“I think the golf course is a great golf course,” said Padraig Harrington. “I enjoyed the course. I enjoyed the test and I’d put up with a little bit of inconvenience to play such a great course.”
“I’d like to see (the Open) come back in the next 10 years,” said Billy Horschel, whose five-over total left him tied for fourth. “I love this course. It beats playing a 7,600-yard course where you’re hitting driver every time.”
Scott, this year’s Masters champion, agreed.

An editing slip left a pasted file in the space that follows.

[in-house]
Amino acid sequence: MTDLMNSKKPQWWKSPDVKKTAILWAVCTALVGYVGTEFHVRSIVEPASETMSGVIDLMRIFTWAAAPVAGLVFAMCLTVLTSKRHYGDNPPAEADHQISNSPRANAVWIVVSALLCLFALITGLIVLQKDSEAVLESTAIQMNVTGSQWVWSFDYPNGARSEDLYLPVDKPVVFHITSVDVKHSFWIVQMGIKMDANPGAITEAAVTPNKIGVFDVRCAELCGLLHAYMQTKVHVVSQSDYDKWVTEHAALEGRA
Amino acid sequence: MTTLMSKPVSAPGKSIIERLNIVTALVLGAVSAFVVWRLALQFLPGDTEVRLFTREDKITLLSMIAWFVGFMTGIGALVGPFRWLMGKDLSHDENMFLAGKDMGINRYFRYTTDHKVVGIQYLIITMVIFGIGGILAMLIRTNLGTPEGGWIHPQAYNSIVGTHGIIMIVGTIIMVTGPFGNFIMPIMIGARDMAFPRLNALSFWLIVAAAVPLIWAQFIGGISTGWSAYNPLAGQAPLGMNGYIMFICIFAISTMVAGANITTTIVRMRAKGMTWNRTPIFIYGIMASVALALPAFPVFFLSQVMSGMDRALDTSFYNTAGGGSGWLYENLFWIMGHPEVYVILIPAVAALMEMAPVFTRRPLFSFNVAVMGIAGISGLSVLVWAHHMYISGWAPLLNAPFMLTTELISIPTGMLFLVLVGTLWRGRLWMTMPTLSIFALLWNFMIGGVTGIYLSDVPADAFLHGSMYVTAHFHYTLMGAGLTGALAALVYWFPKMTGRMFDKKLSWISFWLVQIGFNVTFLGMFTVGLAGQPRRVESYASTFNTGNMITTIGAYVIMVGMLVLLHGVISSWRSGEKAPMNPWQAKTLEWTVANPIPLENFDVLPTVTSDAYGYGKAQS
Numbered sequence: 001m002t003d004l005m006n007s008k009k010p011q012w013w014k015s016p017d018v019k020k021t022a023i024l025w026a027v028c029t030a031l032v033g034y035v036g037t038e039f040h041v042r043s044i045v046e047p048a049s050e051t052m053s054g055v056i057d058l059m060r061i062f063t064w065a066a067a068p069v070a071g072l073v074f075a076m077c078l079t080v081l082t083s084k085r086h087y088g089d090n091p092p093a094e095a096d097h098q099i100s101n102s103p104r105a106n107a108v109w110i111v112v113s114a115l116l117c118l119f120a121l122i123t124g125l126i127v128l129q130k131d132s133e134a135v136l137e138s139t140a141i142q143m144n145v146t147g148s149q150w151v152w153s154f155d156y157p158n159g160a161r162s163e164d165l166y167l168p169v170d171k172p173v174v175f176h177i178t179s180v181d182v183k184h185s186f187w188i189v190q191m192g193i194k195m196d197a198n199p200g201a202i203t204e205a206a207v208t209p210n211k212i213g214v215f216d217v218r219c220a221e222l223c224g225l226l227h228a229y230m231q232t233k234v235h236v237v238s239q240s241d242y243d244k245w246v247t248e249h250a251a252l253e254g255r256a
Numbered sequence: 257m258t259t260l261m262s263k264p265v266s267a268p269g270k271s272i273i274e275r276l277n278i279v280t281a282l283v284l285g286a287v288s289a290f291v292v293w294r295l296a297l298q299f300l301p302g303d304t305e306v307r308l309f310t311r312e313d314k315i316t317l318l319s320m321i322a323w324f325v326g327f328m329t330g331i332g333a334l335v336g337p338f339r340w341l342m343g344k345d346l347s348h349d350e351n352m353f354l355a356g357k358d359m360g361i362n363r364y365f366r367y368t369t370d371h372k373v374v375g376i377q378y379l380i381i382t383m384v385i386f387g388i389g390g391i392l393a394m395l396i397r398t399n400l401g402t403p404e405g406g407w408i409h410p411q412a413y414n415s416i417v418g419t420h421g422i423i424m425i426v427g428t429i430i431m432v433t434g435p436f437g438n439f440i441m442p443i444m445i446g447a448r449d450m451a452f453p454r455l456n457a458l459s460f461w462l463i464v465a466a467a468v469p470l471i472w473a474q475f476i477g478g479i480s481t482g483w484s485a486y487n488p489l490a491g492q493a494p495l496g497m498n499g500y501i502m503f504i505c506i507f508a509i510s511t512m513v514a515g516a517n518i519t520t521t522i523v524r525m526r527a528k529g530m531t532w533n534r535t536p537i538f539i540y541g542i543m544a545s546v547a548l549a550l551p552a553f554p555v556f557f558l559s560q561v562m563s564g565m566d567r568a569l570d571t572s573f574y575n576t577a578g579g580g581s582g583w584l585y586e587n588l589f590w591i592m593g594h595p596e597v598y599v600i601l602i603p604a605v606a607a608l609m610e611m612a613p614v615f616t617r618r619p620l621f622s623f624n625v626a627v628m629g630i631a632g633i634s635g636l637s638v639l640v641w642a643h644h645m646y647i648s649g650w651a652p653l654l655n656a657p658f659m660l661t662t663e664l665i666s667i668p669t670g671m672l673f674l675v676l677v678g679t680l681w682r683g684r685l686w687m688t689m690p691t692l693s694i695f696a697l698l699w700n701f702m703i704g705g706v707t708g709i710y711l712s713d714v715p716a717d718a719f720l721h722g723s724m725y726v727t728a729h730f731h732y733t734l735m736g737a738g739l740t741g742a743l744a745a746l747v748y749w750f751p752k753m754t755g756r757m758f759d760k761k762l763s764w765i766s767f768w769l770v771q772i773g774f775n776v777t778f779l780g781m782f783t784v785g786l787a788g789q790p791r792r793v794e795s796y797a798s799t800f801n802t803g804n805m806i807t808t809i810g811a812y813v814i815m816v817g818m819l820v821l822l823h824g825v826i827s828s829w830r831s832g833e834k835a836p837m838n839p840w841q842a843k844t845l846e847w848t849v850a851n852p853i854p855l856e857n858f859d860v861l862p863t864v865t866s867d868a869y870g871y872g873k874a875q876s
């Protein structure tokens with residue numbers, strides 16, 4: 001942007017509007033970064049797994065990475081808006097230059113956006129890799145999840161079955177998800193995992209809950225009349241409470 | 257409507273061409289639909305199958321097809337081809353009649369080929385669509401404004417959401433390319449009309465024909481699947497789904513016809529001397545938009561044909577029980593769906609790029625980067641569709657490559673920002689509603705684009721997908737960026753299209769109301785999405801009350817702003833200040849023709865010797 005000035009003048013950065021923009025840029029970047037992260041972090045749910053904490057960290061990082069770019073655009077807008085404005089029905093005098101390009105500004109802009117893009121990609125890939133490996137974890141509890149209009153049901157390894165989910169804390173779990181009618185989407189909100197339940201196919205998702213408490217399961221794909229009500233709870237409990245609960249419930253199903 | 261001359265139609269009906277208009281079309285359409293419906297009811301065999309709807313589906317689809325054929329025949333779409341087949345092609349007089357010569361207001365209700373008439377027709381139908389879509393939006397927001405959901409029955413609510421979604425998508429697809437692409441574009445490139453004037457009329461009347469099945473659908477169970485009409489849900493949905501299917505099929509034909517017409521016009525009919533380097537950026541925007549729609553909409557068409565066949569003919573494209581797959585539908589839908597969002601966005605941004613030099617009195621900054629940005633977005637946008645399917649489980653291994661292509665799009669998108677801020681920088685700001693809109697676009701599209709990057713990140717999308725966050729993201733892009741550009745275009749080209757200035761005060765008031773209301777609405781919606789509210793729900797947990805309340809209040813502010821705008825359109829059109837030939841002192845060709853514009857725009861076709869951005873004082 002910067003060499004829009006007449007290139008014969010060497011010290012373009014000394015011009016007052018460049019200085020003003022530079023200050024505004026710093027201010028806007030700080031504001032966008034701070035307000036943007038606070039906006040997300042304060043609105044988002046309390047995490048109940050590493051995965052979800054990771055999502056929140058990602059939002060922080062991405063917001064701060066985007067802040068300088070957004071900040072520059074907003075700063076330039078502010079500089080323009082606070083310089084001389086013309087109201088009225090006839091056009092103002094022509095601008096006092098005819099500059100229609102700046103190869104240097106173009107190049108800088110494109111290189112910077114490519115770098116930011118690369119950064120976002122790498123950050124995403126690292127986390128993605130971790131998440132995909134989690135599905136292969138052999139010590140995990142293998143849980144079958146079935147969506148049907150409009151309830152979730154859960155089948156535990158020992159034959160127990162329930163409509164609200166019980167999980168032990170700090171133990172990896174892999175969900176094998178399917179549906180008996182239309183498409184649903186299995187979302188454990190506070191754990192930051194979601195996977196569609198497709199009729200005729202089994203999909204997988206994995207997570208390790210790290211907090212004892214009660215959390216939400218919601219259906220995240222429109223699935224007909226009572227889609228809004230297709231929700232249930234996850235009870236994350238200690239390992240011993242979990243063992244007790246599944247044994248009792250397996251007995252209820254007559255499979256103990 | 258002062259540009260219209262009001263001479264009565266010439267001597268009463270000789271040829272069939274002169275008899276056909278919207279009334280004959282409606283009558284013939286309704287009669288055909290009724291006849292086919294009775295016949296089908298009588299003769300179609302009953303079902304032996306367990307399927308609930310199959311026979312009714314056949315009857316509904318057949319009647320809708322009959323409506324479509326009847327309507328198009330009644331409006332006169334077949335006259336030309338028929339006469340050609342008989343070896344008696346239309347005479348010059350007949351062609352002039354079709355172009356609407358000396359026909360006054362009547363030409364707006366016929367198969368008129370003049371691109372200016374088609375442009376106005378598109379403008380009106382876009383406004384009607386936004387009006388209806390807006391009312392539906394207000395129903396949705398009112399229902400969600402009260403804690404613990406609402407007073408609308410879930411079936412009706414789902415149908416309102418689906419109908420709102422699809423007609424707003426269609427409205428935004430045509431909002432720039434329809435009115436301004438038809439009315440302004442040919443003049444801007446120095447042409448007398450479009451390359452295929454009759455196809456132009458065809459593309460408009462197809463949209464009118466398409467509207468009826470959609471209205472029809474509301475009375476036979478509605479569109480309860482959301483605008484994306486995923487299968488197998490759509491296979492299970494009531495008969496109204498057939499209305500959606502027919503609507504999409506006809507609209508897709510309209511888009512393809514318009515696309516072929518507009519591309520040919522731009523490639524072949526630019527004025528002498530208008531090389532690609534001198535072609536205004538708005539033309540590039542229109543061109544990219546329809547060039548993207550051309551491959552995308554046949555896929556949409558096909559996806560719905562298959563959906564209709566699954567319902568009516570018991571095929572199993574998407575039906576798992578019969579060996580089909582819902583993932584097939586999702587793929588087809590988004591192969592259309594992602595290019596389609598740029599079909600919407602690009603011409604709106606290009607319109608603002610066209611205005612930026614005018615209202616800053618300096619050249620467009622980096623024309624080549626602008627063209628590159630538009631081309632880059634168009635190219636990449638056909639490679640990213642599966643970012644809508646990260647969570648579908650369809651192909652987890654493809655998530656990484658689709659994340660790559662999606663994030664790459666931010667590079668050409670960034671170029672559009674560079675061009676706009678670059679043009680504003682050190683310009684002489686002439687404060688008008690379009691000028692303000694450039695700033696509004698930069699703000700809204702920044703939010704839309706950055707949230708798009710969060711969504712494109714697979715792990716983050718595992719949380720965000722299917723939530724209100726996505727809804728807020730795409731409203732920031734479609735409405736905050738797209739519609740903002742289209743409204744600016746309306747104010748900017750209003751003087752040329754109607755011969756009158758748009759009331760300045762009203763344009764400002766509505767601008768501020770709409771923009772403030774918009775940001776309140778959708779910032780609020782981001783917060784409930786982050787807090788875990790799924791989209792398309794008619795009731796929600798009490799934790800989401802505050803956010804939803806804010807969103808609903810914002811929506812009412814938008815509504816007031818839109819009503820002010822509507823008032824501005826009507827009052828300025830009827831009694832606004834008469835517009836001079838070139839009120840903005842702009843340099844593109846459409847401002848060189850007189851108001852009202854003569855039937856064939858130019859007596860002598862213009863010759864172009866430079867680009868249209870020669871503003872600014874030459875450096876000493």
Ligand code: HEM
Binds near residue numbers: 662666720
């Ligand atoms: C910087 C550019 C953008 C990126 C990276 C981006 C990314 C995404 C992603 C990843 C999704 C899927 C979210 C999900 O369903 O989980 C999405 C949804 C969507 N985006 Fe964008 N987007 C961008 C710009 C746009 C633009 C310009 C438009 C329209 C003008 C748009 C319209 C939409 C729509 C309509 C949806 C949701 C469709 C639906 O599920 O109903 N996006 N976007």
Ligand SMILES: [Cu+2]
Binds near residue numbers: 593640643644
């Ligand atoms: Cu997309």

“They should play the course on its merit,” he said, “and I think they did that this week. You just have to deal with the other things. It’s the U.S. Open.”
In the end, as was the case with this Open, Merion’s rich history could again be its salvation.
After all, in 1930 the sport will mark the 100th anniversary of Bobby Jones’ Grand Slam, a still-unmatched feat that was completed here on Merion’s pretty little 11th hole.
What better, more appropriate place to host such a momentous celebration?
Just as long as it’s a small party.
©2013 The Philadelphia Inquirer
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